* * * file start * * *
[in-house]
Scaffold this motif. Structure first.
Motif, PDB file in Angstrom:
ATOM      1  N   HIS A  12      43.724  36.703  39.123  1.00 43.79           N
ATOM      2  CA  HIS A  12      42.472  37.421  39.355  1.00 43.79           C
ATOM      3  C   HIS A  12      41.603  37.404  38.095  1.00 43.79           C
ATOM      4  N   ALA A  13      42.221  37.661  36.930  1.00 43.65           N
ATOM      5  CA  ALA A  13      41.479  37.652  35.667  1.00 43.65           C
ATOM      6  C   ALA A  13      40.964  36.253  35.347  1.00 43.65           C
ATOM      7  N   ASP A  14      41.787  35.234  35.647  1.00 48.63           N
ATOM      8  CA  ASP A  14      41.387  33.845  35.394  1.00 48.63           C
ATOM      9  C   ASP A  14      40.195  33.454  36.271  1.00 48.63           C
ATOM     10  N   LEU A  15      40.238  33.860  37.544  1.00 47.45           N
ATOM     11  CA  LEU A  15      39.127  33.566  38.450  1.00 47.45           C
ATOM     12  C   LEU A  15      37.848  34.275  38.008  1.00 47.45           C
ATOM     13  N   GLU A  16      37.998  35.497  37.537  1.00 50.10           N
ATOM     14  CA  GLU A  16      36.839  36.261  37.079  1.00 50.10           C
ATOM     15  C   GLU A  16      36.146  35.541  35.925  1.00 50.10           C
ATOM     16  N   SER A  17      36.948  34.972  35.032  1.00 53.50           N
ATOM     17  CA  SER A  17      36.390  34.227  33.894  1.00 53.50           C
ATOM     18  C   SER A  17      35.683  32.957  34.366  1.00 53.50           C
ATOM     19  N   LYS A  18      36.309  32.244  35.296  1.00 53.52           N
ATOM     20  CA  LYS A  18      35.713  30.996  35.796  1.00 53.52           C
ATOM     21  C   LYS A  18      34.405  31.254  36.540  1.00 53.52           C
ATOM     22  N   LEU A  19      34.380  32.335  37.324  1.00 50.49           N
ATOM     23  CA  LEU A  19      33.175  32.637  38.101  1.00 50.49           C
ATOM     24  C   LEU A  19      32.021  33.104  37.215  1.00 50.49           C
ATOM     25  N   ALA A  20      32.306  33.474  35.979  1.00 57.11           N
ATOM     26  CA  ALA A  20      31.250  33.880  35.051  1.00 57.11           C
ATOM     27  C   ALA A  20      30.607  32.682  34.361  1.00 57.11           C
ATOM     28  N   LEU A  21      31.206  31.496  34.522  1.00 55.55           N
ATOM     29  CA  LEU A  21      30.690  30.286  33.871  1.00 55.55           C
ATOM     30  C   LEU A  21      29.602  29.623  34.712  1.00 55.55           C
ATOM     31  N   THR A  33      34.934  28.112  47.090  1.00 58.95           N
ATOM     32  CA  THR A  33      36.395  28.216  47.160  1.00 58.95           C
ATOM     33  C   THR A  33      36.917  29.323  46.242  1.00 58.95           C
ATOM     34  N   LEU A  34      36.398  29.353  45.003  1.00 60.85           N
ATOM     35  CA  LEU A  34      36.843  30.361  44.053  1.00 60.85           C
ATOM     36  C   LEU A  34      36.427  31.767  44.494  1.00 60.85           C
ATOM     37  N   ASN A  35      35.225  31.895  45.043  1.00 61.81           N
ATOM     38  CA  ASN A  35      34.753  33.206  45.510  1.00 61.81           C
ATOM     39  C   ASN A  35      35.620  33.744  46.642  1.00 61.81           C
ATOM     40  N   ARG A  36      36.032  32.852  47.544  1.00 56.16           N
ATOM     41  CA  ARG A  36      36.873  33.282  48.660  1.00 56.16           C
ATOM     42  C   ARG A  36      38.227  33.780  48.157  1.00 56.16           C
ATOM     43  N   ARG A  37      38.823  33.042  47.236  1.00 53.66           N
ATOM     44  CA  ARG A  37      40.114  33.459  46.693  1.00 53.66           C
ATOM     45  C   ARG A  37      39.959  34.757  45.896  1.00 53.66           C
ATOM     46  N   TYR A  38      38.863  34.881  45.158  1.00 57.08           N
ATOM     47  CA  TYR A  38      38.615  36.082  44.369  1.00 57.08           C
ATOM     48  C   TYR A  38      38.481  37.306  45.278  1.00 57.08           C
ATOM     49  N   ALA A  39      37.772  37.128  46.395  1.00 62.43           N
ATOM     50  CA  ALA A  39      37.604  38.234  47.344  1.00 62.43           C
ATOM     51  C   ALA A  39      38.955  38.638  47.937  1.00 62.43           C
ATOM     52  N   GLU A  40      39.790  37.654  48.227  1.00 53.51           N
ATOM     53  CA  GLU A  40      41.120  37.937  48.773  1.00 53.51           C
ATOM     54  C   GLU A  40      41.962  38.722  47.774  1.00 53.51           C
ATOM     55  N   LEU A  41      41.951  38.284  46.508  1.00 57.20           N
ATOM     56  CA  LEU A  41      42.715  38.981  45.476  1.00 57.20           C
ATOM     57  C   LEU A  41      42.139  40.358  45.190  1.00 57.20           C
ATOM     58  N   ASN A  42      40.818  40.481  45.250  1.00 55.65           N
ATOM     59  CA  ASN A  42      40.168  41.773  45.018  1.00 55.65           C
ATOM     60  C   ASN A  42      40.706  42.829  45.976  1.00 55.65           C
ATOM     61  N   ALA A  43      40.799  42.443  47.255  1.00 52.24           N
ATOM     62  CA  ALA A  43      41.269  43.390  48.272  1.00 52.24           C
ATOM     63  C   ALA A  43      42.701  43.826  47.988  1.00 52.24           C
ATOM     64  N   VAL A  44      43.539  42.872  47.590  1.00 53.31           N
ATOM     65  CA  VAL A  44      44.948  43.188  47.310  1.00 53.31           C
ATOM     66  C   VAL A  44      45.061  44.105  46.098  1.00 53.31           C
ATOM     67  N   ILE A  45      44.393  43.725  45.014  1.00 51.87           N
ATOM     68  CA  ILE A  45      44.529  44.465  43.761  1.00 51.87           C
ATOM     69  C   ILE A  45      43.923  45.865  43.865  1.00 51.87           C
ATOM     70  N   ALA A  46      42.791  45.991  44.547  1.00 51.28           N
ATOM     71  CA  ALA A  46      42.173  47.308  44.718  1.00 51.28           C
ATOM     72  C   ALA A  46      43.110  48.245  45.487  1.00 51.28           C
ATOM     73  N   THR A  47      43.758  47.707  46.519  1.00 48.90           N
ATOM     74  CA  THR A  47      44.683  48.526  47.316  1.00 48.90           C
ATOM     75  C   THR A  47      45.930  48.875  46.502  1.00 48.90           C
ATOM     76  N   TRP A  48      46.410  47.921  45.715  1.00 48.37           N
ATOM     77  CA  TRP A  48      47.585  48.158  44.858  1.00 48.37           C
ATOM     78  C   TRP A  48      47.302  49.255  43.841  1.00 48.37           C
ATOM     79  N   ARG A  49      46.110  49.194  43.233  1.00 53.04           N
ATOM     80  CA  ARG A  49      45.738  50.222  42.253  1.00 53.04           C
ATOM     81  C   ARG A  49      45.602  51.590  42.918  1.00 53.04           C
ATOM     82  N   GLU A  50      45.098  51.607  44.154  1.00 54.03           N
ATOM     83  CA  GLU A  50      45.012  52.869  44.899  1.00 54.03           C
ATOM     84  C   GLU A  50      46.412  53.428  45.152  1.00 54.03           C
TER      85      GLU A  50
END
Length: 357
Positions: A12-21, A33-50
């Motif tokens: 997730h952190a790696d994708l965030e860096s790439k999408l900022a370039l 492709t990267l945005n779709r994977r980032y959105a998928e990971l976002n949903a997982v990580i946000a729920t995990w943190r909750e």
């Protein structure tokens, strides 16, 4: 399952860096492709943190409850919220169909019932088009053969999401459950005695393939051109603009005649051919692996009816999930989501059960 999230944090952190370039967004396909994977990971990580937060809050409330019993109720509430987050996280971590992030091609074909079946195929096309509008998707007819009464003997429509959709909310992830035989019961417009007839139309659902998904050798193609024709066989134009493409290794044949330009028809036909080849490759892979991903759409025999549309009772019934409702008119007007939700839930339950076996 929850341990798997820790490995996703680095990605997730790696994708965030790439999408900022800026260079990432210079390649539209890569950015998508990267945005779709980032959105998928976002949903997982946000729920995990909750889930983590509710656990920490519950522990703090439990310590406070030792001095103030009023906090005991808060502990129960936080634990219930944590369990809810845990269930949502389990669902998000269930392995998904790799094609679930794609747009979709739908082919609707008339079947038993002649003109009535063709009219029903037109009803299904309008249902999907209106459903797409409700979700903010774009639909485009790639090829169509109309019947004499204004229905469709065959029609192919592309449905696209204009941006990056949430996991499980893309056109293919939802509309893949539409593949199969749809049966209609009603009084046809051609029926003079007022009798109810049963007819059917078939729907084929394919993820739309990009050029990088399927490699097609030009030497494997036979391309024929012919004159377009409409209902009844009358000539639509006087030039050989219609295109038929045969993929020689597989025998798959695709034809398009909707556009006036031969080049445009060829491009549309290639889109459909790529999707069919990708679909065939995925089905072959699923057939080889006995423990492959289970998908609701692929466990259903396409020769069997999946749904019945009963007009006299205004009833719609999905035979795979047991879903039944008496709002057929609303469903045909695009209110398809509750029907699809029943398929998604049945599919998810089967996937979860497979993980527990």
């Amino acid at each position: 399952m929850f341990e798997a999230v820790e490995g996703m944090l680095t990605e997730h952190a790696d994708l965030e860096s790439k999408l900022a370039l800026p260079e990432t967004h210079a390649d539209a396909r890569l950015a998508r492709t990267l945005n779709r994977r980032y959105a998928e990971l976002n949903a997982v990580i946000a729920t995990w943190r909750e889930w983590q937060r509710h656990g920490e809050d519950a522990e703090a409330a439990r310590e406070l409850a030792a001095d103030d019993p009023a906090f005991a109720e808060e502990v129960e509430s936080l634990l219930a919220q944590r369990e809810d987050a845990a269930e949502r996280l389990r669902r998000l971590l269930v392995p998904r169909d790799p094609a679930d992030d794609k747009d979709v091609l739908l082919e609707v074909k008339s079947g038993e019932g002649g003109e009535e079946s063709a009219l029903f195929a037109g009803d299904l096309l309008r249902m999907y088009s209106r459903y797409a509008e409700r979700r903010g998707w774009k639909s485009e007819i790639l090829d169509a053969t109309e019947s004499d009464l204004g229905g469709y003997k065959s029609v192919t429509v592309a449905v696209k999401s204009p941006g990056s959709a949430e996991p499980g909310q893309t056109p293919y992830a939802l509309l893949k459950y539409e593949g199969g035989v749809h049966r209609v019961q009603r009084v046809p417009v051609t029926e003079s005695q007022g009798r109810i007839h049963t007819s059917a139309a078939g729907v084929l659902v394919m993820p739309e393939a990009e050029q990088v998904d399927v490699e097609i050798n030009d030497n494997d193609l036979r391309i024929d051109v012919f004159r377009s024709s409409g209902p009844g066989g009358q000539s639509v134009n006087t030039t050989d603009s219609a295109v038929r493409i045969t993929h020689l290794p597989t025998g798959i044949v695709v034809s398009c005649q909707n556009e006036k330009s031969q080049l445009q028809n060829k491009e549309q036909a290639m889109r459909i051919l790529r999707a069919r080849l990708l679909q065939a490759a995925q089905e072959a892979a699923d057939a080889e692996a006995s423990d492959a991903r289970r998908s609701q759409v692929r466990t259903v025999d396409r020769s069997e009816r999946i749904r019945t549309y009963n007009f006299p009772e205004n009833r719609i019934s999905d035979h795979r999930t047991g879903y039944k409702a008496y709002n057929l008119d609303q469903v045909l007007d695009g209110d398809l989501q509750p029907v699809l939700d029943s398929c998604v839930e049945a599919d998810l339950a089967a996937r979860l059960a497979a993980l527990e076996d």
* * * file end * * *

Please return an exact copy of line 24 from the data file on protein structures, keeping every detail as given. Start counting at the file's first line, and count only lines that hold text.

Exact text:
ATOM     21  C   LYS A  18      34.405  31.254  36.540  1.00 53.52           C